Pakistan inflation hits record for second consecutive month

The country’s year-on-year inflation rises to record 37.97 percent as crucial IMF bailout talks remain in limbo.

A boy buys vegetables from a makeshift stall at a market in Karachi, Pakistan February 1, 2023.
A boy buys vegetables from a makeshift stall at a market in Karachi, Pakistan [File: Akhtar Soomro/Reuters]

Pakistan’s annual inflation rate has risen to 37.97 percent in May, the statistics bureau said, setting a national record for the second month in a row.

The bureau’s announcement on Thursday worsens the economic crisis in the South Asian country as crucial bailout talks with the International Monetary Fund (IMF) remain stalled and the risk of defaulting on debts looms.

The bureau in April said Pakistan’s consumer price index (CPI) was at 36.5 percent – already the highest in the country as well as the South Asian region. Sri Lanka, which is slowly recovering from a two-year economic crisis, posted annual inflation of 25.2 percent in May.

Pakistan’s month-on-month rise in May was 1.58 percent, the bureau said in a statement, adding vegetables, pulses, wheat, wheat flour, rice, eggs and chicken in food items and fuel and gas prices caused the increase.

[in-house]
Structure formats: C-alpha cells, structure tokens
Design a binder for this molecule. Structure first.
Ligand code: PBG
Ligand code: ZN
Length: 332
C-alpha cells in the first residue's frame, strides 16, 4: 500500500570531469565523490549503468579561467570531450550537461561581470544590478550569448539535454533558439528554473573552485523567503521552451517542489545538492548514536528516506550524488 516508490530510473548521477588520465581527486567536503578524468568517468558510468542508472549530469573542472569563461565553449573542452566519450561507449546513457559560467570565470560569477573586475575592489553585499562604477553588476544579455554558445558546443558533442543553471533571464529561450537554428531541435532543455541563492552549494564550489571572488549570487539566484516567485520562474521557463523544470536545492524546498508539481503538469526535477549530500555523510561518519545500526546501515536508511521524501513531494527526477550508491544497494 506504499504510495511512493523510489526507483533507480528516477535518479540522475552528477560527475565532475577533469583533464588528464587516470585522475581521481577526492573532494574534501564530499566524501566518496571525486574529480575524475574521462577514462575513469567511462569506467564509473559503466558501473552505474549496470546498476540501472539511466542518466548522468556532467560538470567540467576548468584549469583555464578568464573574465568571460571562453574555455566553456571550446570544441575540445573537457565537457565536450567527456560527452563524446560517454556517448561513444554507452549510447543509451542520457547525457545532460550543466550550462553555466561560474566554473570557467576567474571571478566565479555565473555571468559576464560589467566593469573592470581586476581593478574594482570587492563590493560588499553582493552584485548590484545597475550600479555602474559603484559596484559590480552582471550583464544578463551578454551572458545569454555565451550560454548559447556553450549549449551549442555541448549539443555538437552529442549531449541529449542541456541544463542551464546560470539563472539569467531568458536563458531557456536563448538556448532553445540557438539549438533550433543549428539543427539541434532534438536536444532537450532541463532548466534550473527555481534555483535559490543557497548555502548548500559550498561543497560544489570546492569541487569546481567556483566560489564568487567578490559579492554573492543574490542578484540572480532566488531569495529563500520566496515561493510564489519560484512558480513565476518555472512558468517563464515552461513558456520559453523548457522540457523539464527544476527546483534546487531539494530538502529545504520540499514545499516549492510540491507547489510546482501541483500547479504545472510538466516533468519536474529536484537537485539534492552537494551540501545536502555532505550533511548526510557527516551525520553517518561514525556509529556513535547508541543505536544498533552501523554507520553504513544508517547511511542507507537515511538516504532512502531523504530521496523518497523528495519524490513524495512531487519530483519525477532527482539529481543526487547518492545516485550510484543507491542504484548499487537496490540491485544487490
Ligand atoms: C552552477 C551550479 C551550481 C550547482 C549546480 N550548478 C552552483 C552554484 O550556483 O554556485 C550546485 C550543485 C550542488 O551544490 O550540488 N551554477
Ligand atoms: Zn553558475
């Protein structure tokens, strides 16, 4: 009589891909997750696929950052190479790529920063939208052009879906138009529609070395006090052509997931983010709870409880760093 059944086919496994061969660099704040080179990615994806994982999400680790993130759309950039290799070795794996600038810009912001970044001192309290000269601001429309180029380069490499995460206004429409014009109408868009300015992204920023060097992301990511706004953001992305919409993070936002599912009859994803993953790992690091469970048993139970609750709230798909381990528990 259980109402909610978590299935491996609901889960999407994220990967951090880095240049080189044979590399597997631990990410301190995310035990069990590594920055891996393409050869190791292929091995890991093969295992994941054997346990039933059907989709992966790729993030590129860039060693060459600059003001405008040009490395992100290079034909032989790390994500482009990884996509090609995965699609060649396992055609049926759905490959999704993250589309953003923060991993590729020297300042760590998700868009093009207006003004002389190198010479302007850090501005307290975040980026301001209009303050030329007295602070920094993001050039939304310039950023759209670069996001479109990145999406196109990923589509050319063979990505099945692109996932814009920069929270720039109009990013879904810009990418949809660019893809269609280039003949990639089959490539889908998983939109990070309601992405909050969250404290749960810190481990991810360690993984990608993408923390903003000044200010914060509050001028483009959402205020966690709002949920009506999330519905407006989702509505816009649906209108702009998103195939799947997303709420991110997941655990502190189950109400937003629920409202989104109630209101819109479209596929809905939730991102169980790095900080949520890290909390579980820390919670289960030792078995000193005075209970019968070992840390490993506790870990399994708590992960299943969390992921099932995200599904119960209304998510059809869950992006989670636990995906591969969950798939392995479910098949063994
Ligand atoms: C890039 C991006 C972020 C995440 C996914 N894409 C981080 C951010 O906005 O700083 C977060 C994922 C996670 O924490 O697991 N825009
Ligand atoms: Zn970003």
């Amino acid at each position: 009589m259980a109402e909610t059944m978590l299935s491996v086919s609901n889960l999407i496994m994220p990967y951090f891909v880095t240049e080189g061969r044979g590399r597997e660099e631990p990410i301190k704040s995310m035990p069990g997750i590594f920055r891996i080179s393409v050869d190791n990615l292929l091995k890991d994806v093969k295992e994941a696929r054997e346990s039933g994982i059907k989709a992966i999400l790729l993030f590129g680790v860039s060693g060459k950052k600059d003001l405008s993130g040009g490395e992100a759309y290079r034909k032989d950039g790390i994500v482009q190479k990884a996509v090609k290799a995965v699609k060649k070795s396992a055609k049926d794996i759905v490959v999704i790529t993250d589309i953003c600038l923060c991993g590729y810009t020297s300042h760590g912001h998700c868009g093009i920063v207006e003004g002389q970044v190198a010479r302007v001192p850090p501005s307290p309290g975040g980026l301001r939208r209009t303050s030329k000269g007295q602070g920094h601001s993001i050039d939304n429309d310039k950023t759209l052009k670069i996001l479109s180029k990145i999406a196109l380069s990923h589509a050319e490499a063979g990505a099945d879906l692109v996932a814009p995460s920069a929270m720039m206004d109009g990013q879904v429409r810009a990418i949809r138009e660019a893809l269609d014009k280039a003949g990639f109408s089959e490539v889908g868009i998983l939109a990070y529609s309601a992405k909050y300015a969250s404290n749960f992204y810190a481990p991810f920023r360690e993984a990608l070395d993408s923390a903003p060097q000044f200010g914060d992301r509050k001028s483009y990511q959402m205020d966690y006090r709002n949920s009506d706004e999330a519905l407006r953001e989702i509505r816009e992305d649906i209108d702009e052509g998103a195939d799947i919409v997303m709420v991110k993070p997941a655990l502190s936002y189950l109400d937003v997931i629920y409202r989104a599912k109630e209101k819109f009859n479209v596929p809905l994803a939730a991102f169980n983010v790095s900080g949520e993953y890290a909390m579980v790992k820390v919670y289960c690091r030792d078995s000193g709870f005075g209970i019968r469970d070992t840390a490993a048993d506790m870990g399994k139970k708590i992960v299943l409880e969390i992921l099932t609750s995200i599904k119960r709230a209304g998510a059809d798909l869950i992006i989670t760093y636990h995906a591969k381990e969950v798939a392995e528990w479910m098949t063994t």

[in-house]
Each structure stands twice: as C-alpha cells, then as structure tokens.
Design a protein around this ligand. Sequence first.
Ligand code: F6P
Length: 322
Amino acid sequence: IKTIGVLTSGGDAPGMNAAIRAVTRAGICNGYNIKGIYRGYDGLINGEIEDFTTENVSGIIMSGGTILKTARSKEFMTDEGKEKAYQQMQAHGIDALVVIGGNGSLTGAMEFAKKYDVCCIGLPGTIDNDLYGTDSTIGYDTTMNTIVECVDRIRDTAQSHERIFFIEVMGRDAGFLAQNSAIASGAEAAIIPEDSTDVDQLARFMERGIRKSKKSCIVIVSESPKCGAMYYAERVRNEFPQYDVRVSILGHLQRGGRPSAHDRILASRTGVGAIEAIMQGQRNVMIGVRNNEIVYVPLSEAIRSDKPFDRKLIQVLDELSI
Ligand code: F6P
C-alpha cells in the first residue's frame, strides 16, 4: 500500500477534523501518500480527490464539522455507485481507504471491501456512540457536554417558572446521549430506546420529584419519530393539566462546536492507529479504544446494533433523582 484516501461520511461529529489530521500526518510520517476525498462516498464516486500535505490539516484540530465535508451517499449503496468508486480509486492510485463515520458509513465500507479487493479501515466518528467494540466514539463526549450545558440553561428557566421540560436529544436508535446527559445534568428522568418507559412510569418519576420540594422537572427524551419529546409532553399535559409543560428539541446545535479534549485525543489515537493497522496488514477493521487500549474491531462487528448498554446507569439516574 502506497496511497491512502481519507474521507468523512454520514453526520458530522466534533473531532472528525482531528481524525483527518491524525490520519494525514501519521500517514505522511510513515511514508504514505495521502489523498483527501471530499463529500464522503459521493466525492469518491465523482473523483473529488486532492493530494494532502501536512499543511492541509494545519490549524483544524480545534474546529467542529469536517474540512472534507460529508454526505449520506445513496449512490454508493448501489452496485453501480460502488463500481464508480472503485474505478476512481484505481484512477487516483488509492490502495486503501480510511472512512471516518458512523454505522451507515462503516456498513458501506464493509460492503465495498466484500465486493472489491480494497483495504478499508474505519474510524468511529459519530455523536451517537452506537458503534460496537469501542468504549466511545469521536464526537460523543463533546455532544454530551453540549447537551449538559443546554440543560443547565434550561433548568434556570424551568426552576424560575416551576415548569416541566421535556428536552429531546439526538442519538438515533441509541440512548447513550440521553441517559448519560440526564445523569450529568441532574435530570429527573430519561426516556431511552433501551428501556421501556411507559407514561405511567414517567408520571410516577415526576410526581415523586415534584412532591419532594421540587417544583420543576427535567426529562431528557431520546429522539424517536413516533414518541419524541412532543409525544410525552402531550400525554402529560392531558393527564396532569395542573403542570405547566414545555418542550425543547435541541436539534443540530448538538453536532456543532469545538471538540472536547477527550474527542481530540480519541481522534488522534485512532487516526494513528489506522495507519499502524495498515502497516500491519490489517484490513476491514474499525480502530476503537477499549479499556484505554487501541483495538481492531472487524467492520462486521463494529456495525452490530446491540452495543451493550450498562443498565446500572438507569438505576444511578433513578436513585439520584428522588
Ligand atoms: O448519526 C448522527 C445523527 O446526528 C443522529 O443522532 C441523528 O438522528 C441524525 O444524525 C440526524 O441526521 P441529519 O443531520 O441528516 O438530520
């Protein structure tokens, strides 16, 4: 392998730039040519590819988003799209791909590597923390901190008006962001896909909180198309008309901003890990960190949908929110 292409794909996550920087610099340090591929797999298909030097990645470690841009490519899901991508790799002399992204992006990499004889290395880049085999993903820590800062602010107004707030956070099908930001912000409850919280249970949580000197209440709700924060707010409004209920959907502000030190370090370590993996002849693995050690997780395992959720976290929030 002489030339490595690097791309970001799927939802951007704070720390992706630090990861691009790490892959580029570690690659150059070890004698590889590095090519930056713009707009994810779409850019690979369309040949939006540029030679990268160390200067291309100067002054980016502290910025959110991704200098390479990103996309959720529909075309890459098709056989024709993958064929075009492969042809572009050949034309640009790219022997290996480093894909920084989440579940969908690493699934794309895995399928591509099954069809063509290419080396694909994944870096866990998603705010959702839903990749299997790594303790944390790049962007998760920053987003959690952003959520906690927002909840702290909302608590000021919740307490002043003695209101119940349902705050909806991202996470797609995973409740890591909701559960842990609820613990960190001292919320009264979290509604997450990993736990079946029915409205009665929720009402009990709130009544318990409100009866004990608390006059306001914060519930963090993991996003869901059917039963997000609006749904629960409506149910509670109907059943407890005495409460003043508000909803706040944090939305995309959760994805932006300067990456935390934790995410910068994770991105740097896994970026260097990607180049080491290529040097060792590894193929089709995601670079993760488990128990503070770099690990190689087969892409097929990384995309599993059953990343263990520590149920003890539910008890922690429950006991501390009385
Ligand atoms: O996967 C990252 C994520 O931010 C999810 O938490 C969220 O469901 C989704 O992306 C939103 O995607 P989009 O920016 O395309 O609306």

“Everyone is worried,” 42-year-old Muhammad Safeer told the AFP news agency at an Islamabad market. “Where will we get the money from? Personal debt will only go up.”

Inflation has been on an upward trend since early this year after the government took painful measures as part of fiscal adjustments demanded by the IMF to unlock stalled funding.

The IMF demands include the withdrawal of subsidies, a hike in energy prices, a market-based exchange rate and new taxation to generate extra revenue in a supplementary budget.

Islamabad says it has met the demands, but the IMF has yet to release the $1.1bn funding stalled since November as part of the $6.5bn Extended Fund Facility agreed in 2019.

The funding is critical for Pakistan to unlock other bilateral and multilateral financing.

Prime Minister Shehbaz Sharif’s government is due to present its annual budget next week, and the nation has already downgraded its growth forecast for the year ending June 30 from 5 percent to 0.3 percent.

Years of financial mismanagement have pushed Pakistan’s economy to the limit, exacerbated by a global energy crisis and devastating floods that submerged a third of the country in 2022.

In addition to the grave economic woes, political chaos has further added to Pakistan’s troubles.

Former Prime Minister Imran Khan’s arrest in May at an Islamabad court sparked widespread and deadly protests. This was followed by a nationwide crackdown on his party, the Pakistan Tehreek-e-Insaf (PTI).

While Khan was freed on bail, thousands of his supporters were arrested or detained by authorities, with the government announcing that it was mulling banning the PTI ahead of national elections due by October.

Global rights bodies such as Human Rights Watch and Amnesty International have urged the Pakistani government to respect the rights of people arrested during the protests.

Source: News Agencies